Here’s the scary part: for all that retailers have embraced online shopping, they have not truly embraced digital transformation. That’s why we’re approaching something of an existential moment for retail. Retail as an industry is built on the idea that there is differentiation to be had in the process they use to sell consumers “stuff” – and part of the reason why they hold that belief is because they define their market in terms of selling stuff, buying low and selling high.
The problem is, digital has taken all of the differentiation out of that process. Consumers control their journeys, and with price and inventory transparency, retailers can no longer differentiate on things like “I have the lowest prices” or “I have the broadest assortment”. Google has the broadest assortment, because it can find you any product anywhere. Google has the lowest prices, because competitors’ prices are just a browser tab away.
Retailers can no longer define their market in terms of selling stuff. And where technology has long been an expense to be controlled, it is now the source of competitive differentiation at the heart of digital transformation. If retail can’t move past those two mentalities, then all those naysayers crying “retail apocalypse” may actually be right.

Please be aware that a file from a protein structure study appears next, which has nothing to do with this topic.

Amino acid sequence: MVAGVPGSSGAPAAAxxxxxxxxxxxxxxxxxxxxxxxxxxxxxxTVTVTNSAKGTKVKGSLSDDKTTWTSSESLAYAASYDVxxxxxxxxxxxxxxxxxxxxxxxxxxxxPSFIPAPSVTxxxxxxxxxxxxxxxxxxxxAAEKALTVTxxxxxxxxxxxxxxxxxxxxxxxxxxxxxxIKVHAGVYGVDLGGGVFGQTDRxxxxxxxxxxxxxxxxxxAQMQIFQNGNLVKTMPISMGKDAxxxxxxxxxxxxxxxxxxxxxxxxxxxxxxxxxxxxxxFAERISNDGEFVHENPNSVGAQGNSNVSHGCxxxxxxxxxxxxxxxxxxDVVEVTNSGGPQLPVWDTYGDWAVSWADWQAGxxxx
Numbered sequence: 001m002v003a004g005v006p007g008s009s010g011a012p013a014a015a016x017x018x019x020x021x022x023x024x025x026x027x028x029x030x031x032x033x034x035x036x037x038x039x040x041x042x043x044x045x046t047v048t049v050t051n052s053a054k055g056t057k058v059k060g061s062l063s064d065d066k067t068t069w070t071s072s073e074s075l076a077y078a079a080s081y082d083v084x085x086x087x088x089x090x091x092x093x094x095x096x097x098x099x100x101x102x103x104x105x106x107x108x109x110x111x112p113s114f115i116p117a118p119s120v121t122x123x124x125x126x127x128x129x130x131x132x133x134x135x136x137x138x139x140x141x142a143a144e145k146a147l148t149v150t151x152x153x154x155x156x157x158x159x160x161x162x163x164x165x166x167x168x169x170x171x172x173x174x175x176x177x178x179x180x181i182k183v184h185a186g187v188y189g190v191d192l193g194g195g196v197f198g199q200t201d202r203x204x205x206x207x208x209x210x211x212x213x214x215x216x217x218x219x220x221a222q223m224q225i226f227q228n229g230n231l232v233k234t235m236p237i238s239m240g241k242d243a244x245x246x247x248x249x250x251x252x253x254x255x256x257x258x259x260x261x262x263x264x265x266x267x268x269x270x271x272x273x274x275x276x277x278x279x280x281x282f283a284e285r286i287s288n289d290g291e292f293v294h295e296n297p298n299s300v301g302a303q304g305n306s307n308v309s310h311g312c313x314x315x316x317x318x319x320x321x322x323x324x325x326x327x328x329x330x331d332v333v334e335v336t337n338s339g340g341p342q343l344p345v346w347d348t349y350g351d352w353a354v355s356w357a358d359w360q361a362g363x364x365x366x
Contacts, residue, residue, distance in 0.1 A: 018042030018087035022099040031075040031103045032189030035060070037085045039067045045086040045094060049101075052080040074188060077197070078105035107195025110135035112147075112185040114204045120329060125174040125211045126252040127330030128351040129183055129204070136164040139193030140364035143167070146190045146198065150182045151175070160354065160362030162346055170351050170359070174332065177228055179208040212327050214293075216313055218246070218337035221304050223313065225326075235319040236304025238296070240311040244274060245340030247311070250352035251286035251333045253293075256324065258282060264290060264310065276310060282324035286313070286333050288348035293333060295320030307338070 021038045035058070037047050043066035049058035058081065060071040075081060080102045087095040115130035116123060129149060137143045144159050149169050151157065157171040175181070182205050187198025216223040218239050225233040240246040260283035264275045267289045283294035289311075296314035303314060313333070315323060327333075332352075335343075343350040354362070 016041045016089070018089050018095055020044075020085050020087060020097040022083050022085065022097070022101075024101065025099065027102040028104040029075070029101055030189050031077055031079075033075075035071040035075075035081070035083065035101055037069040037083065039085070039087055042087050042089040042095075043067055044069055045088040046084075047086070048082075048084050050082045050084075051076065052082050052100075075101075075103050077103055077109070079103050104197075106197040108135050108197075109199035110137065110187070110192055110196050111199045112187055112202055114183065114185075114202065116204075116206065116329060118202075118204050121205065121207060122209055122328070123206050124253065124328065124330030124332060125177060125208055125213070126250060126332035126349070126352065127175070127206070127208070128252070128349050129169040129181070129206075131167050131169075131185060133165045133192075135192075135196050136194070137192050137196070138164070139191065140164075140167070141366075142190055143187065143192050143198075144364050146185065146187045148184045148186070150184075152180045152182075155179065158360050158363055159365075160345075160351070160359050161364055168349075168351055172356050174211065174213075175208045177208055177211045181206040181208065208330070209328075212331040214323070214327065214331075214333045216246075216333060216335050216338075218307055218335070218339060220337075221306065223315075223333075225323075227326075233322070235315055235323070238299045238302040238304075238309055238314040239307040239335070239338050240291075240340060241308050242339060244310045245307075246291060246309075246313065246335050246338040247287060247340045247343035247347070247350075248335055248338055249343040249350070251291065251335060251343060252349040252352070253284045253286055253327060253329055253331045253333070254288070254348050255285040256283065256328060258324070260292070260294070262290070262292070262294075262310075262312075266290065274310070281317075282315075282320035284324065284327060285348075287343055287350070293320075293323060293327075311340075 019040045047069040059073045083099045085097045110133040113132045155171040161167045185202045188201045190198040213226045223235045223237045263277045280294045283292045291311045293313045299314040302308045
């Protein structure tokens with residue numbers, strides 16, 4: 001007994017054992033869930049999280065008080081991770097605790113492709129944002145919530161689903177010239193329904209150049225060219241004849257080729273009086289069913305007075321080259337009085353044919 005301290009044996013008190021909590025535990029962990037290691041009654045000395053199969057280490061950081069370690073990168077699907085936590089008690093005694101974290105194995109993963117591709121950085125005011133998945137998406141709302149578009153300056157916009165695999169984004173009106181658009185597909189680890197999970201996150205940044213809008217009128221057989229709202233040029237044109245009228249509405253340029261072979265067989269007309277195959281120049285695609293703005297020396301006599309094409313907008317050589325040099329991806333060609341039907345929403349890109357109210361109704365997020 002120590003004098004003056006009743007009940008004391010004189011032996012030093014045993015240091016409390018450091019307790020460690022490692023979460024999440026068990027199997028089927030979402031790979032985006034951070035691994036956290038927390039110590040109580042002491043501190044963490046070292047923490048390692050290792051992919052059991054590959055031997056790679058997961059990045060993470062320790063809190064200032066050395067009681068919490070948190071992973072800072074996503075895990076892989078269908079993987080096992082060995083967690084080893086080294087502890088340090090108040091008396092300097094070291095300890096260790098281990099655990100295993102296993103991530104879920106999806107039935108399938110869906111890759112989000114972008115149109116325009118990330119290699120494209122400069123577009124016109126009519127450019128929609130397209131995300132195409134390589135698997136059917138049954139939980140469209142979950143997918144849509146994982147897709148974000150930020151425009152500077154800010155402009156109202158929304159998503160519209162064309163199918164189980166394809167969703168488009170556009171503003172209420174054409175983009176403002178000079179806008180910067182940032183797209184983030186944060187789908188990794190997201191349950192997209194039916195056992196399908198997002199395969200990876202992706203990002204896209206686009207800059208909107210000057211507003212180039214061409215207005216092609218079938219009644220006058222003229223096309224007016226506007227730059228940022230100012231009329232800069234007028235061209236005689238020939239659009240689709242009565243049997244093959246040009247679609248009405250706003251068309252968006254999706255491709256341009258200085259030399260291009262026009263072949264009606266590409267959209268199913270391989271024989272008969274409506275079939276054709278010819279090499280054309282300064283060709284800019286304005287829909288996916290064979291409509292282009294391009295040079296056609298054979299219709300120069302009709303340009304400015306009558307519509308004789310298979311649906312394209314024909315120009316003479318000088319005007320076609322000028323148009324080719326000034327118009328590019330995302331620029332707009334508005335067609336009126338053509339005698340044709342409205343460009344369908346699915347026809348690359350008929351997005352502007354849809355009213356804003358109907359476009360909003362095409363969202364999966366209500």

JB: But there’s hope right? Or should we expect more of the same? Like daily reports of store shutterings and bankruptcy filings?
NB: There is absolutely hope. The answer is simple, but executing it is not easy: retailers have to redefine their market. It’s not about selling stuff, it’s about solving consumers’ problems. If retailers can become an essential part of consumers’ lives, then there is no competition on price. If you can solve my problem, price becomes the least of the matter in a lot of cases.
That’s easy to say! Solving problems is a lot harder than selling stuff. But that’s where digital opens opportunities that store-only retailers would not have access to – digital is where retailers can really get a sense for the problems that consumers are trying to solve, or the lifestyle needs they’re trying to fulfill. Social communities are exactly the places where consumers share those problems, giving retailers unprecedented access to the way consumers think and how they go about assembling their customer journey.